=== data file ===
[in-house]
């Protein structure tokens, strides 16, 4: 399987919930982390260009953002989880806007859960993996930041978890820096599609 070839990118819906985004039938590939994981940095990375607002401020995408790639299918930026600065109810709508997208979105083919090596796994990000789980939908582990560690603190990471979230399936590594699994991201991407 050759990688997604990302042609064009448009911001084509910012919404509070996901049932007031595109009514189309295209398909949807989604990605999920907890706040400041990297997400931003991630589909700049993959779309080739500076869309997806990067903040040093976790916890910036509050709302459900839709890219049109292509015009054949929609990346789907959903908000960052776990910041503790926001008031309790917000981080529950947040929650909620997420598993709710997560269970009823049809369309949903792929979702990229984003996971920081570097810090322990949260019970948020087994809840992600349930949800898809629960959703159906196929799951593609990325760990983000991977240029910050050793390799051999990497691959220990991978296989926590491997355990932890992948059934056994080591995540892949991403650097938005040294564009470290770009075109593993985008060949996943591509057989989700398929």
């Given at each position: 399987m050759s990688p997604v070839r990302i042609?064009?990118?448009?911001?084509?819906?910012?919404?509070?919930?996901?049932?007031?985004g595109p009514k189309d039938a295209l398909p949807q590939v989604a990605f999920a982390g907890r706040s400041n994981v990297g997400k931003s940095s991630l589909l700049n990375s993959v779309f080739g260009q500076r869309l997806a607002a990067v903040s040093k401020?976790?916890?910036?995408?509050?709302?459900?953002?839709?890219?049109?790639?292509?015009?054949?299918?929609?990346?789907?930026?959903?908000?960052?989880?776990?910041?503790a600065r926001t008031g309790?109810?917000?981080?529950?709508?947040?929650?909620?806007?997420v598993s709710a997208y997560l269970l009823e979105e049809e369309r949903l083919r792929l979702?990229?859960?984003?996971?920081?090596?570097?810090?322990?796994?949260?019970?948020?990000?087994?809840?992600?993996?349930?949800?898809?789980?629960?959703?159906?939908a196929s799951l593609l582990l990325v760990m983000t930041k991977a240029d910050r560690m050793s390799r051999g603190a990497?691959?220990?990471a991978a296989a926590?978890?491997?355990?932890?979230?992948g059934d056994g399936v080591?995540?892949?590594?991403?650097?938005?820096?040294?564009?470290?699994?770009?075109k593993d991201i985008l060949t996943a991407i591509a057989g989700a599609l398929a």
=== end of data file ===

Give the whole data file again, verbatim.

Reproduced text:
[in-house]
């Protein structure tokens, strides 16, 4: 399987919930982390260009953002989880806007859960993996930041978890820096599609 070839990118819906985004039938590939994981940095990375607002401020995408790639299918930026600065109810709508997208979105083919090596796994990000789980939908582990560690603190990471979230399936590594699994991201991407 050759990688997604990302042609064009448009911001084509910012919404509070996901049932007031595109009514189309295209398909949807989604990605999920907890706040400041990297997400931003991630589909700049993959779309080739500076869309997806990067903040040093976790916890910036509050709302459900839709890219049109292509015009054949929609990346789907959903908000960052776990910041503790926001008031309790917000981080529950947040929650909620997420598993709710997560269970009823049809369309949903792929979702990229984003996971920081570097810090322990949260019970948020087994809840992600349930949800898809629960959703159906196929799951593609990325760990983000991977240029910050050793390799051999990497691959220990991978296989926590491997355990932890992948059934056994080591995540892949991403650097938005040294564009470290770009075109593993985008060949996943591509057989989700398929």
């Given at each position: 399987m050759s990688p997604v070839r990302i042609?064009?990118?448009?911001?084509?819906?910012?919404?509070?919930?996901?049932?007031?985004g595109p009514k189309d039938a295209l398909p949807q590939v989604a990605f999920a982390g907890r706040s400041n994981v990297g997400k931003s940095s991630l589909l700049n990375s993959v779309f080739g260009q500076r869309l997806a607002a990067v903040s040093k401020?976790?916890?910036?995408?509050?709302?459900?953002?839709?890219?049109?790639?292509?015009?054949?299918?929609?990346?789907?930026?959903?908000?960052?989880?776990?910041?503790a600065r926001t008031g309790?109810?917000?981080?529950?709508?947040?929650?909620?806007?997420v598993s709710a997208y997560l269970l009823e979105e049809e369309r949903l083919r792929l979702?990229?859960?984003?996971?920081?090596?570097?810090?322990?796994?949260?019970?948020?990000?087994?809840?992600?993996?349930?949800?898809?789980?629960?959703?159906?939908a196929s799951l593609l582990l990325v760990m983000t930041k991977a240029d910050r560690m050793s390799r051999g603190a990497?691959?220990?990471a991978a296989a926590?978890?491997?355990?932890?979230?992948g059934d056994g399936v080591?995540?892949?590594?991403?650097?938005?820096?040294?564009?470290?699994?770009?075109k593993d991201i985008l060949t996943a991407i591509a057989g989700a599609l398929a």